The entire island is rocky, with the southern half progressively rising in altitude in the northern direction, towards the Uummannaq Twin Peaks mountain. The area south of the geographical center of the island is a plateau of folded granite hills, dotted with tiny ponds. The plateau falls into the surrounding waters with steep cliffs crevassed with couloirs. The northeastern coast under the walls of the mountain features a large cone of loose scree. Movement on the outskirts of the interior is restricted to mountaineering.
Uummannaq Mountain entirely dominates the landscape of the island, its base occupying its entire northern half. Formed of granite and basement gneiss, it is the most prominent mountain in the Arctic part of the west coast of Greenland. The mountain is a landmark of Greenland and a tourist magnet, often reproduced in art.
The mountain has two summits of similar height (the eastern summit being the higher), hence the name Uummannaq, Greenlandic for heart-shaped. Deep chimneys fall to the south and the north from the col between the western and eastern summits. Its eastern wall has no significant depressions, falling in a uniform cliff into Assorput Strait between Uummannaq Island and Salliaruseq Island.
The only settlement on the island is Uummannaq town, one of the cultural centers of northwestern Greenland. The town occupies approximately 10% of the island area, concentrated around the southern tip of the island.
The island is well connected with the rest of Greenland. Air Greenland has its regional helicopter hub on the island, serving all settlements in the region. Several daily helicopter flights link the island with the nearby Qaarsut Airport on Nuussuaq Peninsula, from where STOL connections are available to Upernavik, Sisimiut, Ilulissat and further to central and southern Greenland.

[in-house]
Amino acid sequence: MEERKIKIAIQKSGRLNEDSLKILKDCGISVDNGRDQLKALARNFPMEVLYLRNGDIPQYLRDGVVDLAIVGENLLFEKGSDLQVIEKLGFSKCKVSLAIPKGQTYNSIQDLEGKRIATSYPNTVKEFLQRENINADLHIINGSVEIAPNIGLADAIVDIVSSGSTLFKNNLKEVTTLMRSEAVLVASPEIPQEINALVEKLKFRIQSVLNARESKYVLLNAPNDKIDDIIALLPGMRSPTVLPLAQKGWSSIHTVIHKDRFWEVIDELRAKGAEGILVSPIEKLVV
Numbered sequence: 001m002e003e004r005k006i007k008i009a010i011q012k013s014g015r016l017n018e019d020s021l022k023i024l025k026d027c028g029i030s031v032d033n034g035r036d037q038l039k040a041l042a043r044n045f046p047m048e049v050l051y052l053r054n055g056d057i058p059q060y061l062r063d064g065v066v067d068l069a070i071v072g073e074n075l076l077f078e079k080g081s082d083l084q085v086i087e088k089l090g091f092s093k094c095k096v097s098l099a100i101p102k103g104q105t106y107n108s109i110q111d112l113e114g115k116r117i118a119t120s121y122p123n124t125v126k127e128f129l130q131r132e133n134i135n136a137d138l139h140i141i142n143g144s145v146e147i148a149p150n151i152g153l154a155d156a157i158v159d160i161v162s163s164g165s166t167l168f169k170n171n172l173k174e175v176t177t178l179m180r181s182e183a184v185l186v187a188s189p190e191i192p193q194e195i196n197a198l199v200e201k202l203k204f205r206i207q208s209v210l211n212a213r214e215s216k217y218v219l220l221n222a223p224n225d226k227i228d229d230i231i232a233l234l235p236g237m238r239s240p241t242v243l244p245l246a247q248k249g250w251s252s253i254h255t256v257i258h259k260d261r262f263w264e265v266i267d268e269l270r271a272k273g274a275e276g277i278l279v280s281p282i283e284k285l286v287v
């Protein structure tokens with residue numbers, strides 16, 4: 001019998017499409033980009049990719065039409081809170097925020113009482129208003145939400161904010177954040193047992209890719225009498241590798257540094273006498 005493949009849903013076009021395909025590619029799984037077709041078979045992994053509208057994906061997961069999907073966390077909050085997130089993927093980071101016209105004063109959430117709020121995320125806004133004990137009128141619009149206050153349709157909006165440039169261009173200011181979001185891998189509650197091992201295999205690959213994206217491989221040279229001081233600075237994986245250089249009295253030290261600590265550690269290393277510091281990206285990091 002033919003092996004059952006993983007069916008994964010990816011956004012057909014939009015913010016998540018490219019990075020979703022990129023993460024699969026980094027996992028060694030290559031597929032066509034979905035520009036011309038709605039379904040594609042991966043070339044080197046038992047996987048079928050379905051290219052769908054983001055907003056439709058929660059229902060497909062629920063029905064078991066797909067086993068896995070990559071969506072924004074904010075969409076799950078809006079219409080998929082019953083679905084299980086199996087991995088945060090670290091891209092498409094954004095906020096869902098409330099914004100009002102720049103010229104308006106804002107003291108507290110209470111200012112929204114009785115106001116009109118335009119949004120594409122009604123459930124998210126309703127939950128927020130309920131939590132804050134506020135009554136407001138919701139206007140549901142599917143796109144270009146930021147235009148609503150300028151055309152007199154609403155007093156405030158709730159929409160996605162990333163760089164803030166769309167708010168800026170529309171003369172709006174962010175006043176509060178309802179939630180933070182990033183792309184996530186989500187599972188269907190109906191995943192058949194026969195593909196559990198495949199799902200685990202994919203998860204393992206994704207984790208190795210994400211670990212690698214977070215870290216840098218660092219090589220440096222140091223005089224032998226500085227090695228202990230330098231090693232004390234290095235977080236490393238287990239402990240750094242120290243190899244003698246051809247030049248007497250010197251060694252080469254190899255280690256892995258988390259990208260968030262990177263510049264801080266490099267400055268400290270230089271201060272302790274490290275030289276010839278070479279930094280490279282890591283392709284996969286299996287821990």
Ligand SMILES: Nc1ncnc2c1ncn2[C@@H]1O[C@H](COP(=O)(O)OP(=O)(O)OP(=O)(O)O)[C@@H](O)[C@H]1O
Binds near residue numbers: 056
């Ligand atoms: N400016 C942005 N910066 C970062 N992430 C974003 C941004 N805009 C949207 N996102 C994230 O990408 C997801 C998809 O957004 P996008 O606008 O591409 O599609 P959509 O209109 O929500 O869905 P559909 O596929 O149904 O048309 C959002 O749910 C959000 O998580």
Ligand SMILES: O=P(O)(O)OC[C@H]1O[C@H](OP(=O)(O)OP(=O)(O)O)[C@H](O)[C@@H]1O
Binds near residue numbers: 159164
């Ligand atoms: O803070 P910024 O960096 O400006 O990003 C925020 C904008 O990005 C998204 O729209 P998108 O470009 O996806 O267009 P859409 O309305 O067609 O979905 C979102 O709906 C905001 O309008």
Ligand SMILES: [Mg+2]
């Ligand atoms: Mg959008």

Until 2006, Arctic Umiaq Line had provided ferry services from Nuuk to Upernavik, calling at Uummannaq, Ilulissat, and Aasiaat within the Qaasuitsup municipality. M/S Sarpik Ittuk−which serviced Disko Bay, Uummannaq Fjord and the Upernavik Archipelago−was sold in 2006 to Nova Cruising, a company from The Bahamas. Since then the ferry services of AUL are available only southwards from Ilulissat, operated with the remaining ship, M/S Sarfaq Ittuk.
The cargo/passenger boat Pajuttaat of Royal Arctic Line links Uummannaq with Upernavik. Individual transport and sightseeing boats can be chartered from the Uummannaq Tourist Service. The island is often visited by cruise ships, such as Norway's Hurtigruten.
Aerial view of the southern part of Uummannaq Island from the Air Greenland Bell 212 helicopter during the Uummannaq-Qaarsut flight
- Uummannaq Tourist Service
- 'Greenland in Figures 2009', Statistics Greenland
- Nuussuaq, Saga Map, Tage Schjøtt, 1992
- O'Carroll, Etain (2005). Greenland and the Arctic. Lonely Planet. pp. 191–193. ISBN 1-74059-095-3.
- Air Greenland, Timetable 2008
- Air Greenland, destination overview
- RAL, Pajuttaat schedule (Danish)
- greenland.com, The Official Tourism and Business Site of Greenland
- Media related to Uummannaq Island at Wikimedia Commons